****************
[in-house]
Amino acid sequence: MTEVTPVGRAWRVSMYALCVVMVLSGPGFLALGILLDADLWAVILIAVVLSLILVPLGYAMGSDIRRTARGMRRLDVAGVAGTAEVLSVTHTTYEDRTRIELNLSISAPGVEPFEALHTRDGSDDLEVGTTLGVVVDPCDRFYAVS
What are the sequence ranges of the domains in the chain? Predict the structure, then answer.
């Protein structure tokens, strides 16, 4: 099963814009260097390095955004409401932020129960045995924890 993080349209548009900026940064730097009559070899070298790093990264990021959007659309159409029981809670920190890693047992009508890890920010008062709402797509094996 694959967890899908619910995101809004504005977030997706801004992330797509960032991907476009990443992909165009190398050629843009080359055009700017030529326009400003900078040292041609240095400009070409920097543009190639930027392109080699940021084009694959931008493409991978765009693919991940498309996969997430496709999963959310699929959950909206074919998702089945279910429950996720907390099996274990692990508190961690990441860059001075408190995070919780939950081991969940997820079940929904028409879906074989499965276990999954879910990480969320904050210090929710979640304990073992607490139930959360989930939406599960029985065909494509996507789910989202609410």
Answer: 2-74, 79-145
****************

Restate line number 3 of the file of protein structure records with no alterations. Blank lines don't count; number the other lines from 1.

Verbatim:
What are the sequence ranges of the domains in the chain? Predict the structure, then answer.